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The gypsy moth (Lymantria dispar) has infested approximately 25% of the nation's hardwood forests and is steadily moving S and W (Gottschalk, 1991). Eventually the range of the gypsy moth is expected to include most of the eastern United States. Multiple defoliations have additive effects and can result in a significant loss of trees (Herrick and Gansner, 1987). Since 1980, 4.9 million acres of forested land have been sprayed with Bacillus thuringiensis (Bt) and 3.7 million acres have been sprayed with diflubenzuron (Dimilin) to control the gypsy moth (U.S. For. Serv., 1994). Nearly 60% of the area treated with Dimilin occurred in West Virginia and Pennsylvania (U.S. For. Serv., 1994). Dimilin and Bt have been considered safe to use because of their low toxicity to vertebrates (Maas et al., 1981; Hudson et al., 1984). However, these agents have recently come under examination as there is concern about the effects of pesticide use on nontarget Lepidoptera larvae, which have high fat and low chitin content, and are a primary food source for many birds during the breeding season (Cooper, 1988). Both Dimilin and Bt cause a significant reduction in non-target Lepidoptera abundance and species richness (Sample et al., 1993a, b).
Pesticides used to control gypsy moths have had negative impacts on birds. Black-throated blue warblers (Dendroica caerulescens) made fewer nesting attempts in Bt-treated areas than in unsprayed areas (Rodenhouse and Holmes, 1992). Birds foraging in Dimilin-treated areas have experienced dietary shifts to suboptimal food items, reduced food intake (Sample et al., 1993c) and had reduced fat levels when compared to birds in control areas (Whitmore et al., 1993). These findings suggest that the use of Dimilin and Bt may be detrimental to bird populations.
There also has been concern about the effects of gypsy moth defoliation on bird populations. As changes in forest structure occur, changes in bird populations can be expected. Vegetation characteristics are a dominant factor in determining bird community composition and abundance (Holmes et al., 1986). Habitat selection by breeding birds is believed to be largely affected by forest structure (Anderson and Shugart, 1974; Crawford et al., 1981). Gypsy moths alter the habitat, and may reduce necessary resources. Cooper et al. (1987) predicted that areas heavily defoliated by the gypsy moth may be avoided by forest-interior bird species and colonized by open habitat species. Moreover, dead trees may provide better perch sites for avian nest predators and brood parasites (Cooper et al., 1987). In light of the deleterious effects of pesticide use, it is important to determine the effects of gypsy moth impact on bird populations, many of which are of special concern due to reports of population declines (reviewed in Askins et al., 1990). Our data may aid in management decisions for forests threatened with gypsy moth defoliation.
This study was conducted at the Sleepy Creek Public Hunting and Fishing Area (hereafter, Sleepy Creek) located in Morgan and Berkeley counties, and Cacapon State Park (hereafter, Cacapon) in Morgan County in the eastern panhandle of West Virginia. Sleepy Creek Mountain and Cacapon Mountain lie parallel to one another and were chosen for comparison due to similarities at the onset of the study with respect to physiogeographic region, location, soil type, forest age and species of plants present. Both areas are even-aged, second-growth forest approximately 50-65 yr old. The dominant tree species were northern red oak (Quercus rubra), chestnut oak (Q. prinus), white oak (Q. alba) and hickories (Carya spp.). Other common tree species included red maple (Acer rubrum), black birch (Betula lenta), black gum (Nyssa sylvatica), yellow poplar (Liriodendron tulipifera) and sassafras (Sassafras albidum).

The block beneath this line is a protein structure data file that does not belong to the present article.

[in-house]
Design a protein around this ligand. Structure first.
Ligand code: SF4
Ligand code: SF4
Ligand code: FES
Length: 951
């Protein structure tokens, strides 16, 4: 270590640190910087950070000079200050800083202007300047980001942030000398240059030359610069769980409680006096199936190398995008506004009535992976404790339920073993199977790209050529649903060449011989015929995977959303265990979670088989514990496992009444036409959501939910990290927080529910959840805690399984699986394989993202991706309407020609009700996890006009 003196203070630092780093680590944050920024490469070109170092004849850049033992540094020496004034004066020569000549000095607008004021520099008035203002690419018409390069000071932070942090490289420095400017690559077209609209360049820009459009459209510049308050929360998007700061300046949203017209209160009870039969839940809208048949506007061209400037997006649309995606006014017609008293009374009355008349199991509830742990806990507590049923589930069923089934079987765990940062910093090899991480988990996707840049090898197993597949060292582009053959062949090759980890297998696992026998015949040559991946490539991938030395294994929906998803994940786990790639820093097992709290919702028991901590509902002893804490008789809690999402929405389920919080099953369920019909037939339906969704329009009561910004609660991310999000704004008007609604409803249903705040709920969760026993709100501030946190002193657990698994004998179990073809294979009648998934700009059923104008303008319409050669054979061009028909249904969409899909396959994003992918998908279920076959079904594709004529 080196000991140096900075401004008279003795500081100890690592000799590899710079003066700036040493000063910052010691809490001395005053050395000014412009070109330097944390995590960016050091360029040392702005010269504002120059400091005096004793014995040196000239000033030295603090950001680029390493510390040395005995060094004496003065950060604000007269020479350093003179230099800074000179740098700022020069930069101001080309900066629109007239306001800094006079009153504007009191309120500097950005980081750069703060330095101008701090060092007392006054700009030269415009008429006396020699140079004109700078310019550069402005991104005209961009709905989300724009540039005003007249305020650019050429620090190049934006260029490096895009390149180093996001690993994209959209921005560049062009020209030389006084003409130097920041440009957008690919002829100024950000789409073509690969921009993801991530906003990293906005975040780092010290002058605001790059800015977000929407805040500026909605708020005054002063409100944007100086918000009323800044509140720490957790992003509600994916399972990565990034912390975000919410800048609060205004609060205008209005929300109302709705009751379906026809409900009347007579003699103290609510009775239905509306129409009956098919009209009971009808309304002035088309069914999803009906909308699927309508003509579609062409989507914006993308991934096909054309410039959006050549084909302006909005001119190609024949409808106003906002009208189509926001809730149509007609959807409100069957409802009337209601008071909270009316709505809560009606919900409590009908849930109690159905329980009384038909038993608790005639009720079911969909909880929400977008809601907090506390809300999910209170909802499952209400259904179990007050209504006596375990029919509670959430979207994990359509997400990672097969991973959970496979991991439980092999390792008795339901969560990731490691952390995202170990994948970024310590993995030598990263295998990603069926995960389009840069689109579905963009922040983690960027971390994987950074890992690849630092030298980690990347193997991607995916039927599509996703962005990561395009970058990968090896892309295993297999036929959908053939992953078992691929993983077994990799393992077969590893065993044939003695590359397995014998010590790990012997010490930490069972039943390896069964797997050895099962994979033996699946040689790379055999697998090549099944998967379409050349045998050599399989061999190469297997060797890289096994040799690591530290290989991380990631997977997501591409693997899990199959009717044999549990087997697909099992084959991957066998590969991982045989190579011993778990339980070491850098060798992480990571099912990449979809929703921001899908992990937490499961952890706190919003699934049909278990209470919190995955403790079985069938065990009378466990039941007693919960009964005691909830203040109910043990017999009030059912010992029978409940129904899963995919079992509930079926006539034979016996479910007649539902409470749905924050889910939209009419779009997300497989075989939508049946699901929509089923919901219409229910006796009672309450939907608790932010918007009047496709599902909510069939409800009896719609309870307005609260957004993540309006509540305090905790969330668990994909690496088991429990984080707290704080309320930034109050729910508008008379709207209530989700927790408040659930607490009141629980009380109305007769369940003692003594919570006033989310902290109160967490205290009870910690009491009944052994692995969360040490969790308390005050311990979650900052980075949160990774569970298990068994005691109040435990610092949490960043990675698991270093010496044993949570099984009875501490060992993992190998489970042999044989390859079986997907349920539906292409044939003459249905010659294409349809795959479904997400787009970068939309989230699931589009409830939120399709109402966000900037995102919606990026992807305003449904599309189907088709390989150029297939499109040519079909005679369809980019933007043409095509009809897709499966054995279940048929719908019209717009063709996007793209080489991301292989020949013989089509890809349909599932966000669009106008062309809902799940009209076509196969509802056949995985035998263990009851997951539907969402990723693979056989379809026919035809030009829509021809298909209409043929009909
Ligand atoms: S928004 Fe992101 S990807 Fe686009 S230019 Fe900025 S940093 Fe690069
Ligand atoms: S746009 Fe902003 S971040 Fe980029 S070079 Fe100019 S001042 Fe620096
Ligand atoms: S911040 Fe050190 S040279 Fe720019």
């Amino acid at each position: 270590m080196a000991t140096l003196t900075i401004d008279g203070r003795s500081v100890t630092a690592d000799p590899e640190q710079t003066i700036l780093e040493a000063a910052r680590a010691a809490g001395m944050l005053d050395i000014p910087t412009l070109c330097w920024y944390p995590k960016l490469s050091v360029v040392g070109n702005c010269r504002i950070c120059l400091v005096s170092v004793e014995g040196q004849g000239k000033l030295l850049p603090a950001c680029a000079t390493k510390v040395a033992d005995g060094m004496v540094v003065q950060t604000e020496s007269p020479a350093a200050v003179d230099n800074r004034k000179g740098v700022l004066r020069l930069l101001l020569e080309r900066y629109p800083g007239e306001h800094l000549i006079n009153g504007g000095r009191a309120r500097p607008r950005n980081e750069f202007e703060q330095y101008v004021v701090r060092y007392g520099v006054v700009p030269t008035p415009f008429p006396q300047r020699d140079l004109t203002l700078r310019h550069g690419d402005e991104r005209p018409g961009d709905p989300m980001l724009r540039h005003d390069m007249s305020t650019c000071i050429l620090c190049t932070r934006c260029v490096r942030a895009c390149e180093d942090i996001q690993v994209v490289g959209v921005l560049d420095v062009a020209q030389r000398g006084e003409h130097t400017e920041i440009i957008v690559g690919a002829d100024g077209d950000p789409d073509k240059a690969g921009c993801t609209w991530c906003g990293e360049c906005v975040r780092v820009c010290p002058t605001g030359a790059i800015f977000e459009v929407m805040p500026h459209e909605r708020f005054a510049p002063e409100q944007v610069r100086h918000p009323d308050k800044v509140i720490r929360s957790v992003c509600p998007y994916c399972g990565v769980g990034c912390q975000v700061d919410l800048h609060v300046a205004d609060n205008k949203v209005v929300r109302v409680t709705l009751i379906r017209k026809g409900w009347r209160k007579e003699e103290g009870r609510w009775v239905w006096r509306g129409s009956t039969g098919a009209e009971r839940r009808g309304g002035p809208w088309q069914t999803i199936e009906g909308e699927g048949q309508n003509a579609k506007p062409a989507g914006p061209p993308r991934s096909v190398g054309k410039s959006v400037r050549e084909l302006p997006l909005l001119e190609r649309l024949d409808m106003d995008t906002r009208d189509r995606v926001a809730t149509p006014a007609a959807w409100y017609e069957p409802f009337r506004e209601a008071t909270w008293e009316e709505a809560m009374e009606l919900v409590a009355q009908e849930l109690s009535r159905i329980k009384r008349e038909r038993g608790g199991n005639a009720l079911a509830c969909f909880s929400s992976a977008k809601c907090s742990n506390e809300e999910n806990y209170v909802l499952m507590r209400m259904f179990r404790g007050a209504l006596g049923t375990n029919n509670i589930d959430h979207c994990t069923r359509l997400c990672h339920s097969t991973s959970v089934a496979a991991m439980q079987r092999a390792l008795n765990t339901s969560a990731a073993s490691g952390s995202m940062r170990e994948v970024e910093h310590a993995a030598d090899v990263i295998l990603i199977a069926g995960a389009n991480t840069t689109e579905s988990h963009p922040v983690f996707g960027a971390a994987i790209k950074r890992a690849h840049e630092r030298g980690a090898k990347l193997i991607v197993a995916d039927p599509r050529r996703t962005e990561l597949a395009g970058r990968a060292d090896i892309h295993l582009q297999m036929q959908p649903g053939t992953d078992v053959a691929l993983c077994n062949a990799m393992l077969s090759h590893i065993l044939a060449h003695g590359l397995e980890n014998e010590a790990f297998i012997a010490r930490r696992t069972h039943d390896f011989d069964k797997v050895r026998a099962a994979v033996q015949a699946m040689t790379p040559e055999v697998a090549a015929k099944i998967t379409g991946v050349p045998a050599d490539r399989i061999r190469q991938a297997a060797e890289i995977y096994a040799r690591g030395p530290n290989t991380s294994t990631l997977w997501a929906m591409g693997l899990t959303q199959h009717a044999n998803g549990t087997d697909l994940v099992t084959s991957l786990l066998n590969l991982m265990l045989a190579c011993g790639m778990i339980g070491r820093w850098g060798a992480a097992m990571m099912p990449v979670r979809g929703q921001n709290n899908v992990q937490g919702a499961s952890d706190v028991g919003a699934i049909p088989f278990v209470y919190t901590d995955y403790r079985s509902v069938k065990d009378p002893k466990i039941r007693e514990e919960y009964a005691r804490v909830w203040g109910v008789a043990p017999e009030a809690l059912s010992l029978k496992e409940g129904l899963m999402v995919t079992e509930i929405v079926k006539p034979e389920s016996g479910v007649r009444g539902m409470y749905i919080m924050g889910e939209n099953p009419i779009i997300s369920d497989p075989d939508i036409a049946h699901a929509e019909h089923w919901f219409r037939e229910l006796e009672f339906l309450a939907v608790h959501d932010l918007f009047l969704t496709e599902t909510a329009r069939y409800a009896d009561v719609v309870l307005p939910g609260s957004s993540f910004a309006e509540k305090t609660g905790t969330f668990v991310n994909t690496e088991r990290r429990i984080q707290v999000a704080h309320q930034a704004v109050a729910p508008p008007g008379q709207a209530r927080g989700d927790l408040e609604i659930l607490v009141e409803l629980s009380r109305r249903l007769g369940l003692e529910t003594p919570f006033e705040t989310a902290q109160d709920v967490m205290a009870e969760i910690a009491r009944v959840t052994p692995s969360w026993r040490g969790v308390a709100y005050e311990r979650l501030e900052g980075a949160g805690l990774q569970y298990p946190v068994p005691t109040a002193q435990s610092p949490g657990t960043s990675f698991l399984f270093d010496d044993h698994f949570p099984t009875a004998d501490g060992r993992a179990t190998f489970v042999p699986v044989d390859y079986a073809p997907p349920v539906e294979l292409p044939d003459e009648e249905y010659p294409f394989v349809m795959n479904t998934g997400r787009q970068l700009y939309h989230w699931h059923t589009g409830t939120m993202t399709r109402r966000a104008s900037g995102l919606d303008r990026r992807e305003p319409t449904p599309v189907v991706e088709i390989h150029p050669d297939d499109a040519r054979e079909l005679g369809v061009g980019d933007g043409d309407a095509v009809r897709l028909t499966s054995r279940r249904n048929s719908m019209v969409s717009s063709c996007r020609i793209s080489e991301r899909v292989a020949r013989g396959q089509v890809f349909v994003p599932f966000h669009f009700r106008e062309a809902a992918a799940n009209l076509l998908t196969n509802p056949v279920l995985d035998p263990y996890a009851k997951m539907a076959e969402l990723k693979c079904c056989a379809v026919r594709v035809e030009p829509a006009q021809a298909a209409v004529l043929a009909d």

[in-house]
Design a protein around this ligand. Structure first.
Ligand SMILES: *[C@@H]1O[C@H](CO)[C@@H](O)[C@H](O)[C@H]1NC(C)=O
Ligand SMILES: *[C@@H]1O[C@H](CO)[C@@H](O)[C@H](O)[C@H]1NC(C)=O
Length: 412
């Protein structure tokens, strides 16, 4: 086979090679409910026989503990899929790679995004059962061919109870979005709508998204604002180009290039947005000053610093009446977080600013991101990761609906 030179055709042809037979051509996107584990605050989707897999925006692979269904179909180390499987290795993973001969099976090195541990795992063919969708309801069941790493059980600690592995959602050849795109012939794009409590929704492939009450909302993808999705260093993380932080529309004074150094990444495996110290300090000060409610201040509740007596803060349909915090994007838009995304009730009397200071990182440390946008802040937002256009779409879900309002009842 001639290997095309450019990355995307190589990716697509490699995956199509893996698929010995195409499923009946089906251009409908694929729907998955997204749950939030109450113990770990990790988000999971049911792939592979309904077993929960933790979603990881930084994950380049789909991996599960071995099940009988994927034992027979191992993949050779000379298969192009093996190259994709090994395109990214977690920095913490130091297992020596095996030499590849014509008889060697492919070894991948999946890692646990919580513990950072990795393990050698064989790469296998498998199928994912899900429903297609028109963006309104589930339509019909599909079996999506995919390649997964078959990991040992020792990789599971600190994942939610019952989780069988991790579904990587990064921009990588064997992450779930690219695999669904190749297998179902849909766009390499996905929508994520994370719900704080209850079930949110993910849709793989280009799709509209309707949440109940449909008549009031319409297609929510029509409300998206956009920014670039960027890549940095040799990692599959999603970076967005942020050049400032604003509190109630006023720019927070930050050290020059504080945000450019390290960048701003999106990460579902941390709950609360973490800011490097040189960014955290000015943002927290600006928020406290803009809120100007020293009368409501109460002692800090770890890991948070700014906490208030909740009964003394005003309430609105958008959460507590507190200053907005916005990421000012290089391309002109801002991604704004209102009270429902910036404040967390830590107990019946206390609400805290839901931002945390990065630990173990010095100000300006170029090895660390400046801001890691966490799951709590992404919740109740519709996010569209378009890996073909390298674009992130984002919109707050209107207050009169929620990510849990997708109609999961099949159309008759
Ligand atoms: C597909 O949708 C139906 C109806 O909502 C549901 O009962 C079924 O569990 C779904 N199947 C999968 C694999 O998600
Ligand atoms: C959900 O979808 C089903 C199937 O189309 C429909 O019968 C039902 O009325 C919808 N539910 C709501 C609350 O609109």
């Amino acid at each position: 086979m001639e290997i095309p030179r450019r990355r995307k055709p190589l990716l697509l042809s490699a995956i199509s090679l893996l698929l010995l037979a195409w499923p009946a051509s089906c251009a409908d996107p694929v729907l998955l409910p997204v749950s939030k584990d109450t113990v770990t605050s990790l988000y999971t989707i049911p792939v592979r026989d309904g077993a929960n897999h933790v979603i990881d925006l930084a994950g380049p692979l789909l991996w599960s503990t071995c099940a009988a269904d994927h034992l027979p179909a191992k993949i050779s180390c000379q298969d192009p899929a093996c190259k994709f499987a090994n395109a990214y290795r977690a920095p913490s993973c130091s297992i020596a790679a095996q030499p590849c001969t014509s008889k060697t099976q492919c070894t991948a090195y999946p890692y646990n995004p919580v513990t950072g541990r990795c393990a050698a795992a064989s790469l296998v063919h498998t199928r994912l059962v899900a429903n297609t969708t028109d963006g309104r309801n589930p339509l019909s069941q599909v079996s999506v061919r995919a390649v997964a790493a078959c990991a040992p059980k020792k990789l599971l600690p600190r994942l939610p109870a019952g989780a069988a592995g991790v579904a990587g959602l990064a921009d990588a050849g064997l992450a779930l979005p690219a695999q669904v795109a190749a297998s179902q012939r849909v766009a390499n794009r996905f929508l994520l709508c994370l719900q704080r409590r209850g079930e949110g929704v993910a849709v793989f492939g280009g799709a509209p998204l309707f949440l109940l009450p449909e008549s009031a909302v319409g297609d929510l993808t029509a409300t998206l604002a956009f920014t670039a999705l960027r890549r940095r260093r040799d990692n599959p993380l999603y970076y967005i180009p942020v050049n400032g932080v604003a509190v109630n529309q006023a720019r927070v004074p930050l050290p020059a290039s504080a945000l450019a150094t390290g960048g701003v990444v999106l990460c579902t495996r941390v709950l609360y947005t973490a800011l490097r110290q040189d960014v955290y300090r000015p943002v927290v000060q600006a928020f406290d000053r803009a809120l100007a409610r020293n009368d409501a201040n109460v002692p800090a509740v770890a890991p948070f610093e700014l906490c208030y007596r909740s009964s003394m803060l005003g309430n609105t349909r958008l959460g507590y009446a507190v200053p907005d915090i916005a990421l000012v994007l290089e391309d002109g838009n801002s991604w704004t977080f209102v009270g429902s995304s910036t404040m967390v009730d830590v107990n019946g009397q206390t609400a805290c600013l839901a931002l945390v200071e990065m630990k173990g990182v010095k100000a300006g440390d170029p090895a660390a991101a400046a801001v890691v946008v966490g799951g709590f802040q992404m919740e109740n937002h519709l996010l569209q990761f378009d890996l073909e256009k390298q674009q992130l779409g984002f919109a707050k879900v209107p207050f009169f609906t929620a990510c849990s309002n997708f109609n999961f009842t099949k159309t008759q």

The objective of this study was to evaluate the effects of gypsy moth impact on bird populations and habitat by comparing an area that was severely defoliated by the gypsy moth (Sleepy Creek) to an area (Cacapon) that was repeatedly sprayed with Bt and Dimilin to control gypsy moth populations. The vegetation and bird communities were sampled in both areas in 1984, before defoliation or pesticide treatment, and again in 1993. Sleepy Creek, owned by the West Virginia Division of Natural Resources, was designated as a "no-spray" area, and no efforts were taken to control gypsy moth populations. Sleepy Creek was severely defoliated by the gypsy moth in 1987 and 1988, and received additional sporadic defoliation each year afterward to the present. In 1981, a complex of geometrid loopers (Lepidoptera: Geometridae) defoliated approximately 1 million acres of forest in the eastern panhandle of West Virginia (Wygal et al., 1983). These insects were a nuisance to the visitors at Cacapon, and fearing the encroaching gypsy moth populations, the park officials initiated a spray program in 1985. From 1985-1987, the park was treated with Dimilin. In 1992 and 1993, the park was treated with Bt. Each spray treatment encompassed the areas used in this study (J. Hacker, pers. comm.). When the areas were sampled again in 1993, Sleepy Creek was to serve as a gypsy moth-impacted area and, because it had been sprayed, Cacapon was to serve as an example of what forests in the region would be like in the absence of gypsy moth defoliation.
In 1984, six transects, approximately 2 km long, were established in both Sleepy Creek and Cacapon along the …